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Young boy 'kicked booby-trap bomb down the street': Gerry Kelly

By David Young, Jonny Bell and Kirsten Elder

Published 16/10/2015

Police attend the scene of a security alert at Linden Gardens in north Belfast yesterday
Police attend the scene of a security alert at Linden Gardens in north Belfast yesterday
Schoolchildren walk past as police attend the scene of a security alert at Linden Gardens in north Belfast yesterday

Sinn Fein MLA Gerry Kelly has claimed a young boy kicked a booby-trap bomb down a north Belfast road before it was discovered to be a deadly device.

Police described a bomb found in Linden Gardens off the Cliftonville Road in north Belfast as a "viable explosive-type device, designed to kill or maim".

Residents were forced from their homes and the security alert is continuing in the area this morning.

Speaking on BBC Radio Ulster's Stephen Nolan Show, Sinn Fein MLA for the area Gerry Kelly said a young boy had kicked the object along the road before the security alert swung into operation.

He said: "Not only could this have been a fatality of whoever the target happened to be but it could have been a young person.

"I understand from talking to some of them this morning that a young boy kicked it on the way up the street.

"So we could have been dealing with a child being killed."

Last night the under-car booby-trap bomb - found close to a school - was described as "a reckless attempt to kill" by a councillor.

Residents of Linden Gardens were evacuated from their homes at 2pm yesterday before a controlled explosion was carried out.

Detective Chief Inspector Richard Campbell said the device was a "viable explosive-type device".

"At this stage police believe this could have been an under-car booby-trap which was designed to kill or maim."

The officer said the Army carried out a controlled explosion and the device was taken away for forensic examination.

He added: "I utterly condemn this incident. Those responsible have no qualms about putting people's lives at risk and causing disruption to the community. There is no doubt that this device had the potential to cause serious injury or death."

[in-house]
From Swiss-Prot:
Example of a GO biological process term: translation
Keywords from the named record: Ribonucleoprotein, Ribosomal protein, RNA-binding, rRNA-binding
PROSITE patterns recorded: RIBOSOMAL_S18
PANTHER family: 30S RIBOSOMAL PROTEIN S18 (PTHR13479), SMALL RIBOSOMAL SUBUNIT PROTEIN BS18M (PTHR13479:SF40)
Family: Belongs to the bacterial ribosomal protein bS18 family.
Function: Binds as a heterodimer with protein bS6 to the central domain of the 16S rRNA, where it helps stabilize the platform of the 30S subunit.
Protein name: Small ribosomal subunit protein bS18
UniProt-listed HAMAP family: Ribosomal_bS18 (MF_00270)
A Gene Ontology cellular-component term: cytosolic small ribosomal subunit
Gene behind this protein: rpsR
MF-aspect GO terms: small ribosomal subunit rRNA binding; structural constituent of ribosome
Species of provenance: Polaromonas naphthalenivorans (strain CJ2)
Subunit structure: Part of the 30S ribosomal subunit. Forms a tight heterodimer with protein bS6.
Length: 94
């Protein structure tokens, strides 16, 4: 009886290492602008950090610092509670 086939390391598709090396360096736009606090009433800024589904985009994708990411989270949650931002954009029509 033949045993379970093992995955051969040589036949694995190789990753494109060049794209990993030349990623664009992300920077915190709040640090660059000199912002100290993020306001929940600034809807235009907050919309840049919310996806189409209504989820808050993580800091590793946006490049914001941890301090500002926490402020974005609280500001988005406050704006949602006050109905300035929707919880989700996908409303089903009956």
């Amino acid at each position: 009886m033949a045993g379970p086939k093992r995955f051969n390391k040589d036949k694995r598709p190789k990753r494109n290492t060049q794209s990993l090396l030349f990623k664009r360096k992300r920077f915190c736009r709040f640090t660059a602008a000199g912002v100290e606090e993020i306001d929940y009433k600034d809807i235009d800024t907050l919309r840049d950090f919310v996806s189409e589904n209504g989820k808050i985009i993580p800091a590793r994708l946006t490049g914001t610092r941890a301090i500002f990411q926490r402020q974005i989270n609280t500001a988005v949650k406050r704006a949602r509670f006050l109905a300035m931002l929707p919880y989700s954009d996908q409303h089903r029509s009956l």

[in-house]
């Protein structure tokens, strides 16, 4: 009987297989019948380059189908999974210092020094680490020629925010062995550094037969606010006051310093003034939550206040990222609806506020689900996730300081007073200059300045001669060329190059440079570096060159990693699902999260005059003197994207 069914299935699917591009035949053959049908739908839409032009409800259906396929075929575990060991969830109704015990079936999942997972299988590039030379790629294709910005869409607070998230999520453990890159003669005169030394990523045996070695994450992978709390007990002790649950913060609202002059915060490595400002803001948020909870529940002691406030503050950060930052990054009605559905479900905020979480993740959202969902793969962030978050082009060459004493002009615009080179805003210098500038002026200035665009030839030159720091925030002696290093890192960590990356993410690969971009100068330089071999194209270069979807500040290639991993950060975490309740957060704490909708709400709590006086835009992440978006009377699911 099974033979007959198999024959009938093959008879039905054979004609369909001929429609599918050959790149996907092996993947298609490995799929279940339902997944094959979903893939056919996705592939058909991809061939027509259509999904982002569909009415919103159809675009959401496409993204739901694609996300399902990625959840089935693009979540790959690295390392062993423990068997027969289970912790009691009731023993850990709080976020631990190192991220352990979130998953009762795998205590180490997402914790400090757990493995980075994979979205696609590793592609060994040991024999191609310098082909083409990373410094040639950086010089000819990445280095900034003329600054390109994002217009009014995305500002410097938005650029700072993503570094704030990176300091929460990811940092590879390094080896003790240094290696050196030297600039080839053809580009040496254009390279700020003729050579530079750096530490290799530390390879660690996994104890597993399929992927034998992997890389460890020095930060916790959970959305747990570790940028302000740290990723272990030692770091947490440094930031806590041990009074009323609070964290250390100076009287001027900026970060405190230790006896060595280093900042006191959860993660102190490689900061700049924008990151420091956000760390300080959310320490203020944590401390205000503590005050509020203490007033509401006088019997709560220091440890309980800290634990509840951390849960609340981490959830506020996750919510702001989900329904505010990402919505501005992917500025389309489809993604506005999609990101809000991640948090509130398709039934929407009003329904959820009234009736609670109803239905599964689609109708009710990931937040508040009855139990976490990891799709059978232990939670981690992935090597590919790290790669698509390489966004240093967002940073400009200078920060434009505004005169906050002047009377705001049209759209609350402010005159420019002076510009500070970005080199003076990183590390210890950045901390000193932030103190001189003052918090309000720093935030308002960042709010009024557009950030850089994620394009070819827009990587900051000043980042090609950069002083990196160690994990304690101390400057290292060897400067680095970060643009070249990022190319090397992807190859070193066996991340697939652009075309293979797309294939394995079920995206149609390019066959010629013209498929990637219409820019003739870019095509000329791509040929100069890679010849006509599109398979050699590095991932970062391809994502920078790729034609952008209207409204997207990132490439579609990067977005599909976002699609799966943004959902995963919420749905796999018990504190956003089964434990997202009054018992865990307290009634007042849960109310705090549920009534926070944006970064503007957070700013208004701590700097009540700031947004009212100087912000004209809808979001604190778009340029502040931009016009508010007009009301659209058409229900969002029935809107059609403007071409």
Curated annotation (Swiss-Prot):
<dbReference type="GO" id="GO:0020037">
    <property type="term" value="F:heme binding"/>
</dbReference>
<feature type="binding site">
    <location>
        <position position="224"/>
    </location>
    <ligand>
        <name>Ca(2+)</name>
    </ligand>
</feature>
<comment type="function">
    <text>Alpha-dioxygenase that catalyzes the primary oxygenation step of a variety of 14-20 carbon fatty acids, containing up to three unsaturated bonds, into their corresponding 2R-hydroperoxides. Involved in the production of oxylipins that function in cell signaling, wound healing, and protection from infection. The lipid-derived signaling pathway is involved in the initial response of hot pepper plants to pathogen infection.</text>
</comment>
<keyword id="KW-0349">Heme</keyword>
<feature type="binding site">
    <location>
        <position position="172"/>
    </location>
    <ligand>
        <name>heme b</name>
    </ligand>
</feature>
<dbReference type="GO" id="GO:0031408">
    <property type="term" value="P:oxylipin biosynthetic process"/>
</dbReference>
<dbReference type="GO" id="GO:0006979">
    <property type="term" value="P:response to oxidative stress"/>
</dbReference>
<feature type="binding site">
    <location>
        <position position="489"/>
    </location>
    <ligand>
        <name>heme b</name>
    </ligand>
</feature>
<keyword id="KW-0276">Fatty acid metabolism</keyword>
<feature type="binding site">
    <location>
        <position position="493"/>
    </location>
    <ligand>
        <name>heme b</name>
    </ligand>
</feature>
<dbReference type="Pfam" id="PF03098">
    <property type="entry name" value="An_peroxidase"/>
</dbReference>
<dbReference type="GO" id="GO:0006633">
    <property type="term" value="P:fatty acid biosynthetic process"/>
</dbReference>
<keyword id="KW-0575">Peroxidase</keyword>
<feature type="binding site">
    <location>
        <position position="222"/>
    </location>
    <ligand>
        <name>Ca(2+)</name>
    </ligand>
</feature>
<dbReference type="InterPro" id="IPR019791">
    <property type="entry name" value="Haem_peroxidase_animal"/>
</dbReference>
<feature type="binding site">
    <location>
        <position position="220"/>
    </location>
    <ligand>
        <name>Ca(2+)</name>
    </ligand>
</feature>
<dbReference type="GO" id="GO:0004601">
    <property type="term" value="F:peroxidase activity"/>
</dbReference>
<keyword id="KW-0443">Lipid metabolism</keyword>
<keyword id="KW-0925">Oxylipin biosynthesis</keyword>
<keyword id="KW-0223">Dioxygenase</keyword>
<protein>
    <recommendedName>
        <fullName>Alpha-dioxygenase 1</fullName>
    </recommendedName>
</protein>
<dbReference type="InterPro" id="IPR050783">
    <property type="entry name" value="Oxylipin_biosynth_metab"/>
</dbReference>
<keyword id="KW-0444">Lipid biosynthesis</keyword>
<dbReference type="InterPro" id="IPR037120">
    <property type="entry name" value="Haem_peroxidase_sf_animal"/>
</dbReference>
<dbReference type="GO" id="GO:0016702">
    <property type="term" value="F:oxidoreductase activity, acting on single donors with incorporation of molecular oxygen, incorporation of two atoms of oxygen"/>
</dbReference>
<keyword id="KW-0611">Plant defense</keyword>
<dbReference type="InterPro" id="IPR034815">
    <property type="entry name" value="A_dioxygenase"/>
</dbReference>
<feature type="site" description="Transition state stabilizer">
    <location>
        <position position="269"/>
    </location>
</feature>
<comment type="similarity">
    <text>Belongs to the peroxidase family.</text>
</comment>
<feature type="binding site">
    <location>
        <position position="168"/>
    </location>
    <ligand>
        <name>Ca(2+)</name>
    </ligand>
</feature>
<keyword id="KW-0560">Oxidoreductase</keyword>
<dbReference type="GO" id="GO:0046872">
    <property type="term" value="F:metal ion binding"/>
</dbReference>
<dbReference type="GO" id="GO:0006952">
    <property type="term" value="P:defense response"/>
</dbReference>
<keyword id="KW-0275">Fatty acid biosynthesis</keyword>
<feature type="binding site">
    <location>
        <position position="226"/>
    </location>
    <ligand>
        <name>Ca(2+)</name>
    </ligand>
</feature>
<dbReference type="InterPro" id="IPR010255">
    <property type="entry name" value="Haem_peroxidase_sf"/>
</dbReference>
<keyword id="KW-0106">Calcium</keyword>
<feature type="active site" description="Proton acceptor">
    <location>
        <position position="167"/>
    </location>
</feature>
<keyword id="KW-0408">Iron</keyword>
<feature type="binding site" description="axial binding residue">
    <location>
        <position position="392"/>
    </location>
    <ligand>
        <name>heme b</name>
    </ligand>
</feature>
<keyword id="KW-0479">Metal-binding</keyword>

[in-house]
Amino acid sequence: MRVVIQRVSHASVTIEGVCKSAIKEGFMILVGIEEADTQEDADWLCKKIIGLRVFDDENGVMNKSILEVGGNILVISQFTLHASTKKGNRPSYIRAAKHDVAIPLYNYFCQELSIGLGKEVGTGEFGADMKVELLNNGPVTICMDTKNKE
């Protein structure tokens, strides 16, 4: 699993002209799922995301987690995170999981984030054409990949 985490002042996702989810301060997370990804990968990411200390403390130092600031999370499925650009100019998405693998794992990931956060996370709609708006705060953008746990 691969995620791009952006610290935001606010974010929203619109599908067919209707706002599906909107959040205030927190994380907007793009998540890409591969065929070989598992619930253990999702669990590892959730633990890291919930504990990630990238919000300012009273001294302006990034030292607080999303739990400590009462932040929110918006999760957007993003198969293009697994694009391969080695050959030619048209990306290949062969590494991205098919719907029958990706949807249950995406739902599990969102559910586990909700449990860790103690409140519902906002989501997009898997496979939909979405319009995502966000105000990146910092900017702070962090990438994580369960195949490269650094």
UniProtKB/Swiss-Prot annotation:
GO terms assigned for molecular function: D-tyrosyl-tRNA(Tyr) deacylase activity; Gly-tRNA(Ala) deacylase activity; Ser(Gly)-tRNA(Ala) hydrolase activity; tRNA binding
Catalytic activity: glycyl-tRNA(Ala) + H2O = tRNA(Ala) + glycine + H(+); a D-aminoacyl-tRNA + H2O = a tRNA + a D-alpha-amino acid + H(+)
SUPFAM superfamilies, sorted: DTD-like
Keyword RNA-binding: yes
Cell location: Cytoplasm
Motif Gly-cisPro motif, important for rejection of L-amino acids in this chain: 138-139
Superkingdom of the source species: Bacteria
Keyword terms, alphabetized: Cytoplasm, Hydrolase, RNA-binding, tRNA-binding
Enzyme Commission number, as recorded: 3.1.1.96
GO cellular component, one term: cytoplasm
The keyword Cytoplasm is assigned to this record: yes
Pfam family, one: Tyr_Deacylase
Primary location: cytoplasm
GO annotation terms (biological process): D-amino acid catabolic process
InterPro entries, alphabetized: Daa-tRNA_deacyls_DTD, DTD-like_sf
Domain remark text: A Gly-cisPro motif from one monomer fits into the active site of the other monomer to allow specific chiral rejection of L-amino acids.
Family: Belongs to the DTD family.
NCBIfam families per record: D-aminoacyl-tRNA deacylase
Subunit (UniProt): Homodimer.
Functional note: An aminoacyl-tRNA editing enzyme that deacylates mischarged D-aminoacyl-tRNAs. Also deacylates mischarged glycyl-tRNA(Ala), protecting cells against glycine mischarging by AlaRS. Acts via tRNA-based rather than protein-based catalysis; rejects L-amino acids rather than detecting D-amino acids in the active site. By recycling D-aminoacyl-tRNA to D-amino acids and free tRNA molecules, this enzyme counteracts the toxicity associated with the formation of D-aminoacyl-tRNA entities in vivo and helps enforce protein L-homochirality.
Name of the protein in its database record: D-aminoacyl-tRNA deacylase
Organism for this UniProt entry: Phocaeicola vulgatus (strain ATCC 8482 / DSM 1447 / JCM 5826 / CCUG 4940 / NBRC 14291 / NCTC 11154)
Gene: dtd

One local resident, Liam Matthews, who had to leave his home because of the bomb alert, told reporters: "We were very inconvenienced. My kids are at school, my wife had to pick them up. They had a lot of homework to do, my oldest girl is doing her GCSEs and has exams coming up. I'm annoyed that we were kept out of the house."

Belfast SDLP councillor Nichola Mallon said: "Once again north Belfast residents have been forced from their homes by those with no regard for life, be it the families who live locally or the many children attending Naíscoil Bheann Mhadagáin and Cliftonville Integrated Primary school nearby.

"There is no justification for this callous attempt to kill. I would appeal for anyone with information to bring it forward and help bring those responsible to justice."

DUP councillor Brian Kingston hit out at what he called the "bloodlust" of the bombers. "This is a quiet, settled community. The people who left this device there have no mandate, no support for their actions.

"It's just bloodlust."

Sinn Fein councillor Mary Clarke agreed that "those responsible must be condemned in the strongest possible terms".

Belfast Telegraph

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